Re: Taps for Wood -- Which kind?




John L. Poole wrote:

I recall from metal working days that taps come in sequence, e.g.
"taper", "plug", and "bottom".

plug is the same as bottom (at least in the UK) The sequence of three
is "taper, second, plug"

Second should be used for starting small holes in soft materials, such
as small holes in aluminium sheet or wood of almost any size. Taper
works fine if you do it right, but the small amount cut with each turn
makes it all too easy to strip the thread out while you're cutting it.

A coarse thread is essential, and some thread forms are mrginally
better than others. Whitworth (UK) or UNC (US) are good choices in hard
maple and the like. BSF, UNF and the typical metric threads are no use.
Dedicated wood threads are even better and important if you're using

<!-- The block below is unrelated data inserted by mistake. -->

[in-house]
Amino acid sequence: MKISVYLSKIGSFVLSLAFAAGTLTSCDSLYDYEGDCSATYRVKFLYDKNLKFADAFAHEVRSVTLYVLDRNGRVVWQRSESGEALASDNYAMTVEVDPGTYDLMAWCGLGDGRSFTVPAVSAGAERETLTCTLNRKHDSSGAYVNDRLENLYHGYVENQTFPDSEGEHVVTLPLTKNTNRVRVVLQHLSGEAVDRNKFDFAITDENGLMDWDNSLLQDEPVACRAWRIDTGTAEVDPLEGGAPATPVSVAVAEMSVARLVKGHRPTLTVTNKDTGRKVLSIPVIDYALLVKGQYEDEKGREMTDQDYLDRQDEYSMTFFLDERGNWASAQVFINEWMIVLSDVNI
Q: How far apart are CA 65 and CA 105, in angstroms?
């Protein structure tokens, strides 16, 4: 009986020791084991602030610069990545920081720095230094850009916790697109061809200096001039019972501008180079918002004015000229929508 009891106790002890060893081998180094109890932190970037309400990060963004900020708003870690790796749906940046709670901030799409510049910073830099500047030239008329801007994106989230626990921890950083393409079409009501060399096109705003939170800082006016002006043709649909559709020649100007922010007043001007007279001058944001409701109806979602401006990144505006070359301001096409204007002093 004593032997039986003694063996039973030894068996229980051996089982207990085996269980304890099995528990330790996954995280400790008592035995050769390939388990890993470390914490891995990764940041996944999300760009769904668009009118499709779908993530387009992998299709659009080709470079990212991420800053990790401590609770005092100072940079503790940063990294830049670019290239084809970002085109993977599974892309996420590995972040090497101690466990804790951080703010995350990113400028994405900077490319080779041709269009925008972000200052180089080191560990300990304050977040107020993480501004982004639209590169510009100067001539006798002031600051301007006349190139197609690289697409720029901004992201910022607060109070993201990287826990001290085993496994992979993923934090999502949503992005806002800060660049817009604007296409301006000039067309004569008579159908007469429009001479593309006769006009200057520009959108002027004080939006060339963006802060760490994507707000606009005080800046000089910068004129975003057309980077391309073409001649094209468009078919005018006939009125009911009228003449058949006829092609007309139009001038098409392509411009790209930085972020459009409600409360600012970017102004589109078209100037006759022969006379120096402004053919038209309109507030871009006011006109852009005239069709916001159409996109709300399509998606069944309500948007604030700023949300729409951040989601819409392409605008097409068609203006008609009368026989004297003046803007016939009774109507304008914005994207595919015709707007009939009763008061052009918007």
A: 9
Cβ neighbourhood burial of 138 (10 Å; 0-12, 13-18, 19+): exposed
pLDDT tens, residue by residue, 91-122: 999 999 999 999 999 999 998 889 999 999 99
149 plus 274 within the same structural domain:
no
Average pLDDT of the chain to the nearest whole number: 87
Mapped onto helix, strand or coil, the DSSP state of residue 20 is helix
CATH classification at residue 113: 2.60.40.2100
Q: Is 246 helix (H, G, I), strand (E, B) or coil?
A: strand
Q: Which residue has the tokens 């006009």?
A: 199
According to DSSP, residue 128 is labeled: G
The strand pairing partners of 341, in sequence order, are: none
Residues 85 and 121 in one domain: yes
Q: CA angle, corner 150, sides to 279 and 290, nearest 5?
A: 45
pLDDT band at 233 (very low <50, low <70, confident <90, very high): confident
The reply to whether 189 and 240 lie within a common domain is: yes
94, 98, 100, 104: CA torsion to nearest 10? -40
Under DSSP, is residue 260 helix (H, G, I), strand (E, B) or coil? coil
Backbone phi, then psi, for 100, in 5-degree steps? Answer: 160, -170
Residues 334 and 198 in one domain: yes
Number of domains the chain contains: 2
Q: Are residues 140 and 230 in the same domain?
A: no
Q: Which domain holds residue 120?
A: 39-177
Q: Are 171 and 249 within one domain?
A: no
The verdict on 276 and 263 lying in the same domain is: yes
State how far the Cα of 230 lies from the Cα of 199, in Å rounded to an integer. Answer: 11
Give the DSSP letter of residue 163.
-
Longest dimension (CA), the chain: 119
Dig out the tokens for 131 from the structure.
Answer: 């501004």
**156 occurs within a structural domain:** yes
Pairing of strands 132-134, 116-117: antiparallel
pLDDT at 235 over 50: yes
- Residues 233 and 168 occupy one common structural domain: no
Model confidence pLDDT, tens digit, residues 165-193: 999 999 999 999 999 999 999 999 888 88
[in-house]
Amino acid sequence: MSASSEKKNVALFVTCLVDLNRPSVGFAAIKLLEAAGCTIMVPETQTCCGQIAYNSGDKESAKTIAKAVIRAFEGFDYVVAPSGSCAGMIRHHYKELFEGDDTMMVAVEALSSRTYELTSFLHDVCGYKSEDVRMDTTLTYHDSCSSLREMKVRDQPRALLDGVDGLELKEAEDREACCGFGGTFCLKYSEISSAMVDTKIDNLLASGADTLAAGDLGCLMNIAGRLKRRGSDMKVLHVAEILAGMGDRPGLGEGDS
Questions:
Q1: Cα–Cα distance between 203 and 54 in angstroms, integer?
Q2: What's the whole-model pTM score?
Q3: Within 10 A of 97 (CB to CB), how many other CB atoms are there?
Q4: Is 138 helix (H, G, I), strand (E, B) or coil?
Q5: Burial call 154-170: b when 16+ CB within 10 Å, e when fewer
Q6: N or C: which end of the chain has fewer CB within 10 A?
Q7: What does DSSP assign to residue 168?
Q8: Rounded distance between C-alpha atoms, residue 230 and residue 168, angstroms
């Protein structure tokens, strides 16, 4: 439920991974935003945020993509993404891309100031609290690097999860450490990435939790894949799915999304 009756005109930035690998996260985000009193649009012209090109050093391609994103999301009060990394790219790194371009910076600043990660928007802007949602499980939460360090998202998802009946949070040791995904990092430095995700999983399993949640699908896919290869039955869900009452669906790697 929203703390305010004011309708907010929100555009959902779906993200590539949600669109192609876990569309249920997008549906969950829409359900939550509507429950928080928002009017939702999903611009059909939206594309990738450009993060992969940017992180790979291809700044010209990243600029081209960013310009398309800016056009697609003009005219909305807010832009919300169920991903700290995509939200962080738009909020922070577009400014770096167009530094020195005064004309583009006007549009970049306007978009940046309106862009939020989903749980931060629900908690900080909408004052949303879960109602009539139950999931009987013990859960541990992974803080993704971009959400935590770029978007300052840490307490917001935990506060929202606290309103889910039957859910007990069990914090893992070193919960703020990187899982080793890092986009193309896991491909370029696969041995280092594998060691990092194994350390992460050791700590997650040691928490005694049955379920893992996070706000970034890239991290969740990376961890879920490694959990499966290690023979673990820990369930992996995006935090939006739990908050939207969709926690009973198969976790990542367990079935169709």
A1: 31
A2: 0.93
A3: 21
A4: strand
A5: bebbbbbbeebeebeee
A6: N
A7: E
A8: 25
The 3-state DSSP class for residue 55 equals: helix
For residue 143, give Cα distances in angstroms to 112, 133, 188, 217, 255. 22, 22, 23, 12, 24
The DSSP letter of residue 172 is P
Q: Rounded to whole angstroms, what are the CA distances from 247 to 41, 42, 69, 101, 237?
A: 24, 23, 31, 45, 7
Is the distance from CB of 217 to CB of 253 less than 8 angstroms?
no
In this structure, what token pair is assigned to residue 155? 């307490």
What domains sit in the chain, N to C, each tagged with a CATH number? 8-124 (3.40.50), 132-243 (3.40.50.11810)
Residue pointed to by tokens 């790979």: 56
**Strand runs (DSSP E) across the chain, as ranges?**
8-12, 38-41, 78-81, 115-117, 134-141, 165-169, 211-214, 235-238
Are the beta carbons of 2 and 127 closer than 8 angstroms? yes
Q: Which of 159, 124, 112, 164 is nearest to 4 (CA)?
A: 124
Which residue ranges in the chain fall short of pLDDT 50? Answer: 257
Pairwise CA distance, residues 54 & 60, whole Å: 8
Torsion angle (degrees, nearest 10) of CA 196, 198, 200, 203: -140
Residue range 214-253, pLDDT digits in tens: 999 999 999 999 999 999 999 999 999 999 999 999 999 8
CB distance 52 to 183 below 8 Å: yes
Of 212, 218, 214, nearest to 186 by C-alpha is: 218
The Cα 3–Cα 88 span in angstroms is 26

softer timbers, such as beech. OTOH, Whitworth / UNC have much easier
availability, particularly if you're trying to make one component in
metal.

Other thread forms like Acme or buttress work great (especially for
clamps), but they're hard to cut with a tap or die, because of their
sharp corners. You might do well with a pair of taps (the first
taper/second tap also has the corners radiused) and cutting the male
thread with a single point tool instead of a die-set.

Some hard timbers, like hickory, are poor for thread cutting. They're
strong in bulk but they're too "stringy" to give a good thread form.
Others, like softer but fine-grained tropicals, are surprisingly good -
as any turner can tell you. It's worth reading Holtzapffel for advice
here.

Large threads in hard maple can usefully be lubricated on cutting, just
to keep temperatures down and stop the tap sticking (beeswax). It
doesn't seem to help cutting much, but it certainly reduces the turning
force.

Cyano afterwards is worth it too, particularly if you have vacuum
available (run the tap through again afterwards). Any thread in wood is
a bit of a "dog on its hind legs" situation and any help is worth
having.

.